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Oregon tie-in for Dateline NBC program on unclaimed property
07/14/2008
 
For immediate release                                                                              08-23
 
More information:  Cheryl Gladden, 503-986-5289
                              Cyndi Wickham, 503-986-5248
 
Salem – On Monday night, NBC stations will air a Dateline NBC program entitled, “You Might Be Rich!” that focuses on Americans retrieving unclaimed property.  At least four million people are expected to see the initial show. 
 
In response to an expected deluge of inquiries, staff in Oregon’s Unclaimed Property Program, located in the Department of State Lands (DSL), are gearing up to handle increased Web hits and phone calls. 
 
“We always see substantial increases after major national TV programs,” said DSL’s acting unclaimed property manager Cheryl Gladden.  “We have alerted the state’s Web site managers, as well as our own, that Web traffic could be crazy on Monday night and throughout the week,” she said.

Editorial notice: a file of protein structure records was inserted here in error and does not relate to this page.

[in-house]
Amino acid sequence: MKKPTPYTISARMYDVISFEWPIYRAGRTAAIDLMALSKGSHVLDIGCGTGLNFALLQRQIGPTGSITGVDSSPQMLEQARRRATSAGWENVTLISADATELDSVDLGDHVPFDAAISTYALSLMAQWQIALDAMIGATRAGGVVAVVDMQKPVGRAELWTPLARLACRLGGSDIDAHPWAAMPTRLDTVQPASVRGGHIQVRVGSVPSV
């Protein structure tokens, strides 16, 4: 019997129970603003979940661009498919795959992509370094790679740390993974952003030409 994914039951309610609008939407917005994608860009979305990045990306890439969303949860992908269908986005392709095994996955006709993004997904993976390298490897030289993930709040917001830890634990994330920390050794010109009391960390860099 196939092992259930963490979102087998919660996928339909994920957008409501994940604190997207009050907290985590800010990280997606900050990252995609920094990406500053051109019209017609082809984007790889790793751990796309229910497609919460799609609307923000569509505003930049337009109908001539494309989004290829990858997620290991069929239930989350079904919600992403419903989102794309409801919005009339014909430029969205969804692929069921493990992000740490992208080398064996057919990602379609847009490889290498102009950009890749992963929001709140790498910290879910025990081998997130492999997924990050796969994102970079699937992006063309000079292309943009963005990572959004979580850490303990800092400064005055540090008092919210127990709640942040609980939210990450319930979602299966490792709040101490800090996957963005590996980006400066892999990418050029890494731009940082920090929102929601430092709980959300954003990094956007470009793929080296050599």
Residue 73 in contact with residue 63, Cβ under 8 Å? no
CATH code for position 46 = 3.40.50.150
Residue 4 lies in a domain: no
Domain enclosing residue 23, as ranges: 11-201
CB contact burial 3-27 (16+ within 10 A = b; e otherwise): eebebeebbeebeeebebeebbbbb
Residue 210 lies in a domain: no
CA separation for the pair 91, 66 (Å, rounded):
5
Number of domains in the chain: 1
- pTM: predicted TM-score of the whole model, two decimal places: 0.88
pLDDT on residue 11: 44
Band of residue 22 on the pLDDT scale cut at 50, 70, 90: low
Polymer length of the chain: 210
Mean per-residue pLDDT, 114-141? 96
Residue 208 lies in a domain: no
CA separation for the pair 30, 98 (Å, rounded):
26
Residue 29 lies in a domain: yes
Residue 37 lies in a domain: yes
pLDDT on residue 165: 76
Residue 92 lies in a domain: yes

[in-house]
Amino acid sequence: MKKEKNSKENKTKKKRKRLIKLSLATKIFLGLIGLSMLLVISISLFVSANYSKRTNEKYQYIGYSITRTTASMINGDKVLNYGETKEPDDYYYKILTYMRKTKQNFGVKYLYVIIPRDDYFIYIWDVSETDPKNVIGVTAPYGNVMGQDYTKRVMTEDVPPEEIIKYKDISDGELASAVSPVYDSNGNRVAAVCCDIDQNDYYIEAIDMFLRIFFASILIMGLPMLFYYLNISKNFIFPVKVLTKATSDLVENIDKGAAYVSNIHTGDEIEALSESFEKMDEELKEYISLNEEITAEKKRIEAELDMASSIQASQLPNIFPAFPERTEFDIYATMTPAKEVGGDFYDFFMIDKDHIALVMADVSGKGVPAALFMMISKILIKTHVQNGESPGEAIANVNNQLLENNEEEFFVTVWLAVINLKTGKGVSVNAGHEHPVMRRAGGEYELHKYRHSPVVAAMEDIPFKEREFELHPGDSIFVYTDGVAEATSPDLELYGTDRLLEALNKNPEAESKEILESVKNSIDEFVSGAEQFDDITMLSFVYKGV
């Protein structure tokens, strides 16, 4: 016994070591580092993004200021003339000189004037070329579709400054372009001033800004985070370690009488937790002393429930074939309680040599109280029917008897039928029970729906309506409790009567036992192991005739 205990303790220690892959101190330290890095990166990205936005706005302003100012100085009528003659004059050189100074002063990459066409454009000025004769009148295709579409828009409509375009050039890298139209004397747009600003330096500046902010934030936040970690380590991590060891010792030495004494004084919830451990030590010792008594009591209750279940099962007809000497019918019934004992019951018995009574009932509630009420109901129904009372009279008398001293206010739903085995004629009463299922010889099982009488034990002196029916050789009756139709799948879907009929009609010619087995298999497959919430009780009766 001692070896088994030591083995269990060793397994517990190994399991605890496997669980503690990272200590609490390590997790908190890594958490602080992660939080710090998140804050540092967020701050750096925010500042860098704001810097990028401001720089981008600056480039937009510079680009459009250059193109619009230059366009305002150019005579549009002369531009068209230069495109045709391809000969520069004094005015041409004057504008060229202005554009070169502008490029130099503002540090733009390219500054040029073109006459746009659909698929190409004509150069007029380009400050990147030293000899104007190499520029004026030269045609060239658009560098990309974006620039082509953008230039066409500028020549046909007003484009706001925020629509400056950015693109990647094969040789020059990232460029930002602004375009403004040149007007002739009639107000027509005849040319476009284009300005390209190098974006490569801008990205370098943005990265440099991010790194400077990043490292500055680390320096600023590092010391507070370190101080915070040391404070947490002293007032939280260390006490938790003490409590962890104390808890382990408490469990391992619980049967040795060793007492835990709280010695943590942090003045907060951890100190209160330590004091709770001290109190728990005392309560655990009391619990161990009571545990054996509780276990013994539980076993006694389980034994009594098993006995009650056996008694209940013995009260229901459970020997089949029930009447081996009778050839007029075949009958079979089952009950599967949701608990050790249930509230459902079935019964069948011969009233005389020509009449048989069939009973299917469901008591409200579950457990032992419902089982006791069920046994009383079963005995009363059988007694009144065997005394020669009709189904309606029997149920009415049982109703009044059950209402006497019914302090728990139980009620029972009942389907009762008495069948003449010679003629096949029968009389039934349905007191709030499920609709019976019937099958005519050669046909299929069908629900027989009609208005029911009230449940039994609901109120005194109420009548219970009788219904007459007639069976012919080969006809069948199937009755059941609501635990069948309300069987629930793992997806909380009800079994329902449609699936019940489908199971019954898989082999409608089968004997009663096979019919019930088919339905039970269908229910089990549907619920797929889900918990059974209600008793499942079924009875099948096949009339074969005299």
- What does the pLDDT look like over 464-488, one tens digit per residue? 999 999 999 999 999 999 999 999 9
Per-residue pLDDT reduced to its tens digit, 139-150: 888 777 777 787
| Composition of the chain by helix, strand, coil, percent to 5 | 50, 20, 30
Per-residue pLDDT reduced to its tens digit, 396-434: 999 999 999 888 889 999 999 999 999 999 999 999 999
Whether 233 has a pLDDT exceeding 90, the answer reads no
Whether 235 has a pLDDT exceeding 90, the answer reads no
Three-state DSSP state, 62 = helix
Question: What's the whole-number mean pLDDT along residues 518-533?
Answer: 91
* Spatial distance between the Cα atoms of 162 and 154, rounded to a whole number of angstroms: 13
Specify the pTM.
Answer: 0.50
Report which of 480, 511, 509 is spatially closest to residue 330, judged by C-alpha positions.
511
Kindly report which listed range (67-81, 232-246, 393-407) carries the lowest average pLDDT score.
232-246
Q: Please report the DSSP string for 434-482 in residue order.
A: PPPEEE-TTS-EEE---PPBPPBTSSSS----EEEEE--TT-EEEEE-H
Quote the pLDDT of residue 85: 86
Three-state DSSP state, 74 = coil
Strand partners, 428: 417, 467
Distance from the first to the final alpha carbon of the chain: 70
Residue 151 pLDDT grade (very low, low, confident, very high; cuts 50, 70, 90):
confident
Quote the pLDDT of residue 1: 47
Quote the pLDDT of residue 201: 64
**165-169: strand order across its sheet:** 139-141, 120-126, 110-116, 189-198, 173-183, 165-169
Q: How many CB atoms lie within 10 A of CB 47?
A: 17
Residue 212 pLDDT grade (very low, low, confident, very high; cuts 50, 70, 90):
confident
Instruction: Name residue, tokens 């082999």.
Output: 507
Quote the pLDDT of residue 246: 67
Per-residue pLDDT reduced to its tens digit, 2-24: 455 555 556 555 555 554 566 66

It’s easy to check if the state is holding money for you – go to www.oregonstatelands.us and click on the “Unclaimed Property Name Search” link.
 
“Oregon is holding more than $300 million for almost two million owners,” said Gladden, “which means the odds are good that many Oregonians have money to be claimed. 
 
Unclaimed property is held forever until claimed by the owner. The receipts are held in the Common School Fund, a trust fund established at statehood to finance public schools. 
 
The State Land Board consists of Governor Theodore Kulongoski, Secretary of State Bill Bradbury and State Treasurer Randall Edwards.  The Department of State Lands administers diverse natural and fiscal resources. Many of the resources generate revenue for the Common School Fund, such as state-owned rangelands and timberlands, waterway leases, estates for which no will or heirs exist, and unclaimed property. Twice a year, the agency distributes fund investment earnings to support K-12 public schools. The agency also administers Oregon’s Removal-Fill Law, which requires people removing or filling certain amounts of material in waters of the state to obtain a permit.   
 
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